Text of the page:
The 30-minute hearing was von Brunn's first public appearance since the shooting. The Washington federal court hearing had been delayed several times as von Brunn recovered in a hospital after being shot by other museum guards.
Von Brunn appeared to be wearing medical bracelets. Although he had no visible wounds or bandages, the injuries make it difficult for him to hear and speak, his attorney said. He wore navy a D.C. jail uniform and looked mostly at his lap, leaning over at times to speak with his lawyer.
Von Brunn first shook his head and then called out "your honor" when the judge suggested he was going to order an evaluation. His attorney and the judge tried to advise him not to speak.
"Your constitution guarantees me a speedy and fair trial," von Brunn finally said in a halting voice.
"I'm a United States citizen, and as a U.S. naval officer I swore to protect my country. I take my vows very seriously," said von Brunn, a World War II veteran who served on a patrol boat.
In asking that von Brunn not be released, prosecutor Nicole Waid said von Brunn's actions were clear on videotape.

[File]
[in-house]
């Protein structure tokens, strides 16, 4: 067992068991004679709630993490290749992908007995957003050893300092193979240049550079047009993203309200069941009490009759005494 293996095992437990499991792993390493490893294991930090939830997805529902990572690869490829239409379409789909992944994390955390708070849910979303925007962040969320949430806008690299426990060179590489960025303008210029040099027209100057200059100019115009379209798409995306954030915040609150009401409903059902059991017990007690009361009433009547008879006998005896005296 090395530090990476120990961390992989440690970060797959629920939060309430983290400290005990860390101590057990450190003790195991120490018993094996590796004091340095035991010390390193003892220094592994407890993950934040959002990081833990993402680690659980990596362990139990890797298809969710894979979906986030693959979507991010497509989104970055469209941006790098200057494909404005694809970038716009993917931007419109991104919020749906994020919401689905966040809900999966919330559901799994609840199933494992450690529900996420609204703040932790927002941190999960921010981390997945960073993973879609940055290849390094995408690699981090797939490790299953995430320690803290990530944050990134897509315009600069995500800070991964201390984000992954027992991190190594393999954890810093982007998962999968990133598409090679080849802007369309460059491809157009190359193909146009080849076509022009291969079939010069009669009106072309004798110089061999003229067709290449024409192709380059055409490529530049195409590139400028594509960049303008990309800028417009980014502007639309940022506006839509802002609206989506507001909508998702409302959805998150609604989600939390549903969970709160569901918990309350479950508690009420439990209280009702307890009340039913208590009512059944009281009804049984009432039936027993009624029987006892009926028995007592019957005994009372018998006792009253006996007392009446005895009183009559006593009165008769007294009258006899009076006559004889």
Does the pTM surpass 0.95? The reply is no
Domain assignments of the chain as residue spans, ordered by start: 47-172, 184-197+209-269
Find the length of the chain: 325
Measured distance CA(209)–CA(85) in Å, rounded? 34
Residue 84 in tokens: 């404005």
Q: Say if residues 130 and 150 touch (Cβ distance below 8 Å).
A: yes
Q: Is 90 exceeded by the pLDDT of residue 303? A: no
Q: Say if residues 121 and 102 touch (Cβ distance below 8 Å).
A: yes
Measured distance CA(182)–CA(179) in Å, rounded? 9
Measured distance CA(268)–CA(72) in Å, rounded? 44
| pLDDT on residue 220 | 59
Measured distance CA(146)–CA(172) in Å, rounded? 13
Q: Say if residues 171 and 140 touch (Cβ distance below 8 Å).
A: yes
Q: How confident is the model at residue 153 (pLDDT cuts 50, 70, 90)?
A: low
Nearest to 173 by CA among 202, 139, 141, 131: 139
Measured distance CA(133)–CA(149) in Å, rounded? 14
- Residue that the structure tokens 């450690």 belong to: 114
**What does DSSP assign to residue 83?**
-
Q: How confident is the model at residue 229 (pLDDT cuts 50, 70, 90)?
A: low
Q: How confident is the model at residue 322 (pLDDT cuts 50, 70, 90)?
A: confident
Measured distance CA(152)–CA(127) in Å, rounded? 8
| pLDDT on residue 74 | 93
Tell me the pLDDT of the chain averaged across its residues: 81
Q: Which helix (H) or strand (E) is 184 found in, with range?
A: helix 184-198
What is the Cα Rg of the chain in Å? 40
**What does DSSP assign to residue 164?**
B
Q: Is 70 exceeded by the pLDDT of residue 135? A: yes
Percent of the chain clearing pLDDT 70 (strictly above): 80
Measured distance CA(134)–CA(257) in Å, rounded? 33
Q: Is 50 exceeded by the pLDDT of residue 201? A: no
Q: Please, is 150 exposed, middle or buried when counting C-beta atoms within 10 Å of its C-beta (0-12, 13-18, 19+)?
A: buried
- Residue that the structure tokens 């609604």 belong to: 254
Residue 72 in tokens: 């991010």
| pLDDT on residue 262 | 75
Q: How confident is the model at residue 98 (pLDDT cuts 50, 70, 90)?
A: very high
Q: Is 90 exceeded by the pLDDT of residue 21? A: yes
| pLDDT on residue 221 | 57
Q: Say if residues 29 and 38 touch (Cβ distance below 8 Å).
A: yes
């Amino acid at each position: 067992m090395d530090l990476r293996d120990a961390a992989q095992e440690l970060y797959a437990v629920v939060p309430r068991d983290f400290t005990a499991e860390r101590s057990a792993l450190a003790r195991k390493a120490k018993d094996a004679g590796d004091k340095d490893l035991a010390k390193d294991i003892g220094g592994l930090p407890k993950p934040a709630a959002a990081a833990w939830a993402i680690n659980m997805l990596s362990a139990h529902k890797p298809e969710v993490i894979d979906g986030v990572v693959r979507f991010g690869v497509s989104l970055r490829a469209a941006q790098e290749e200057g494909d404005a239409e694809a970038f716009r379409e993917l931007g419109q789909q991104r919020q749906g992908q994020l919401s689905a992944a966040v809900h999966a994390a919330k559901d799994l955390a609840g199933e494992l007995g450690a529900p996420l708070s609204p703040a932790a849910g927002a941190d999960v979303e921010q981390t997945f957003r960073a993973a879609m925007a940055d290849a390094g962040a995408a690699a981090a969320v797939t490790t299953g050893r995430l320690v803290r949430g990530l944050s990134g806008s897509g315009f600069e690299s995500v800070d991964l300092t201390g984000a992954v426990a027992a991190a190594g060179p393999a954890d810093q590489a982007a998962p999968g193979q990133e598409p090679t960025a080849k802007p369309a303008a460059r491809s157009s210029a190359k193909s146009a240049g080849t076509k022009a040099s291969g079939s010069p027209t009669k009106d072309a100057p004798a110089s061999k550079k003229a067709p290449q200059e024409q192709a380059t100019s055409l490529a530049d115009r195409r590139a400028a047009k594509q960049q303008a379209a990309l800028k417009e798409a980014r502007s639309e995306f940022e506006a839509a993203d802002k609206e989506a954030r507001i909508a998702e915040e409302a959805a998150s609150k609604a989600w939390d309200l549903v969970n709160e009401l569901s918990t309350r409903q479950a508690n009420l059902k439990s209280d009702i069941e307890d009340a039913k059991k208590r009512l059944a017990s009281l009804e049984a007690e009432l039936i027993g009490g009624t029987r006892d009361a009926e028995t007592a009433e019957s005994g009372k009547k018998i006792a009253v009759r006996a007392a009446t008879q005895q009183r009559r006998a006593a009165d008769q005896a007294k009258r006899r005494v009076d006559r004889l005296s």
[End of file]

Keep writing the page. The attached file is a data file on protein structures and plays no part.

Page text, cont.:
"This isn't a case of whodunit, your honor," Waid said.
She said that though von Brunn may appear frail, he is still a danger because he "has no true friends" and "nothing to lose."
Waid said that von Brunn arranged his finances and funeral plans before his "suicide mission" at the museum, and that he wanted to kill as many people as possible.
He shook his head when Waid recounted how he had once tried to kidnap members of the Federal Reserve board. He was caught outside a board meeting carrying a bag stuffed with weapons. He describes his attempt with apparent pride on his Web site. He was sentenced in 1983 to more than four years in prison for attempted armed kidnapping and other charges in his Fed assault. He was released in 1989.
Von Brunn was indicted in July on charges including first-degree murder for the death of museum guard Stephen T. Johns, who was black. Four of the charges carry a possible death penalty if he's convicted.
Public records show that in 2004 and 2005 he lived briefly in Hayden Lake, Idaho, which for years was home to the Aryan Nations, a racist group run by neo-Nazi Richard Butler. He had a racist, anti-Semitic Web site and wrote a book titled "Kill the Best Gentiles," alleging a Jewish conspiracy "to destroy the white gene pool." He also claimed the Holocaust was a hoax.